Munster Rugby could be set for a legal battle over plans to introduce a one-year qualifying period before newly enrolled students can play in the Munster Schools Senior Cup.
Following a new motion brought in by the Munster Branch Age Grade committee this month, players transferring from one school to another will, from the 2013-14 school year, be unable to compete for their new school in the Munster Senior Schools Cup for a year after enrolling.
The threat of legal action against the motion comes following a summer of wrangling between schools, rugby clubs and the Munster Branch itself over player eligibility in the province’s most prestigious underage competition.
Feelings are running high among those both ‘for’ and ‘against’ the proposal, with suggestions that other provinces are closely monitoring developments in Munster, thus taking the issue nationwide.
The thinking behind the motion, proposed by Castletroy College at the Munster Schools’ Rugby AGM in May but passed on to the Munster Branch’s Age Grade committee before a vote was taken, was to curb the perceived exodus of the province’s best school-age players from the clubs and Munster Youths set-up as well as rival ‘A’ Schools to other ‘A’ Schools, all eight of which compete annually for the Munster Schools Senior Cup.
John Broderick, head coach of the St Munchin’s rugby team in Limerick, is vehemently opposed to the motion and wants the lead-in period extended to two years if it cannot be overturned.
Broderick told the Irish Examiner: “I know that certain schools want this motion completely thrown out. It’s restricting the rights of schools that have played this game for 100 years to have students come in and be part of the school population and have the right to play Senior Cup without restriction except for age.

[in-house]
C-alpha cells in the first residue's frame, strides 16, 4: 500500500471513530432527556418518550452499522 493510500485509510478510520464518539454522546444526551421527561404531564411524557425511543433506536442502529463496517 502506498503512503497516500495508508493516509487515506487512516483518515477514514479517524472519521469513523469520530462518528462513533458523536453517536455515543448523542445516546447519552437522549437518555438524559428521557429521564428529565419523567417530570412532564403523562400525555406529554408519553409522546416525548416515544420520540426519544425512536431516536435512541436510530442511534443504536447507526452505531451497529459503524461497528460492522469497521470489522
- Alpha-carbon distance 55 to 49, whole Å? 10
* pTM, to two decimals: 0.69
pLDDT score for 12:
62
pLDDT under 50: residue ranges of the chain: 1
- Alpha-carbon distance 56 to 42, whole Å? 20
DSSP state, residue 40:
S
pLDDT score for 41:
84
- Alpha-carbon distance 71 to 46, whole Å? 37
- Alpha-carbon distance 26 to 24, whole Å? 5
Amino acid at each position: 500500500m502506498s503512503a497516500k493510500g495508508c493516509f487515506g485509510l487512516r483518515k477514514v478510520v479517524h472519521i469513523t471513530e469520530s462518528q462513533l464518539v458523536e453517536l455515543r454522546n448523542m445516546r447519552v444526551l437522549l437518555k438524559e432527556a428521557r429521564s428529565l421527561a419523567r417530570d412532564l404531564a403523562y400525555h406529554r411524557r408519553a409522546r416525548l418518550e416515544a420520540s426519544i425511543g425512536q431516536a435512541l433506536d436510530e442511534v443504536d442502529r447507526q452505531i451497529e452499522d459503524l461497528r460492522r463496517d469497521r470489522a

“Schools are going to go down the legal route, I know for a fact. Our school will put forward a legal challenge to this if there isn’t an extended derogation and if there isn’t a proposal to get rid of this proposal altogether, to cap (player transfers to) six players (per year).
“Our Leaving (Certificate) students that came in this year were told: ‘The board of management at this school will vindicate your right to play in the Munster Schools Senior Cup without restriction bar the existing restriction on age eligibility’.”
Proposers of the motion dispute that it denies a pupil’s right to play, with Declan English of Castletroy College, the school’s delegate to the Munster Branch and Munster Schools team manager, explaining it is designed to level the playing field and protect the youths pathway within age-grade rugby.
“We’re not stopping guys going to any school to play rugby.
“What we are saying is there are two distinct pathways in the IRFU now, a schools pathway and a youths pathway designed for kids who don’t go to rugby-playing schools.
“If they go in transition year and transfer to another school because they want to play rugby, then that’s a way to go. They don’t go down the youths track and they don’t cause any confusion.
“The pathway is defined, they’ve chosen the schools pathway and best of luck to them.
“We’re just trying to stop people packing in their teams.
“This is about the ethics of the game and the ethics of competition as well. There’s no way schools can compete when other schools are doing this.
“Our school hurling team is in the Harty Cup and we’ve kids dropping out of rugby because they’re saying ‘we can’t win the Senior Cup but we’ve more chance of getting somewhere in the Harty Cup’.
“So our senior (rugby) squad is down to very little and we’re struggling. We’re doing our best but we’ve no way of changing that. We take kids in in first year and take them all the way through and don’t bring others in. We keep what we have and develop them.”
With the eight ‘A’ schools apparently split, with five in favour of the new motion and three against, there is hope that some middle ground can be found, with St Munchin’s’ Broderick suggesting a two-year lead-in period and a cap on the number of players transferring schools each year.
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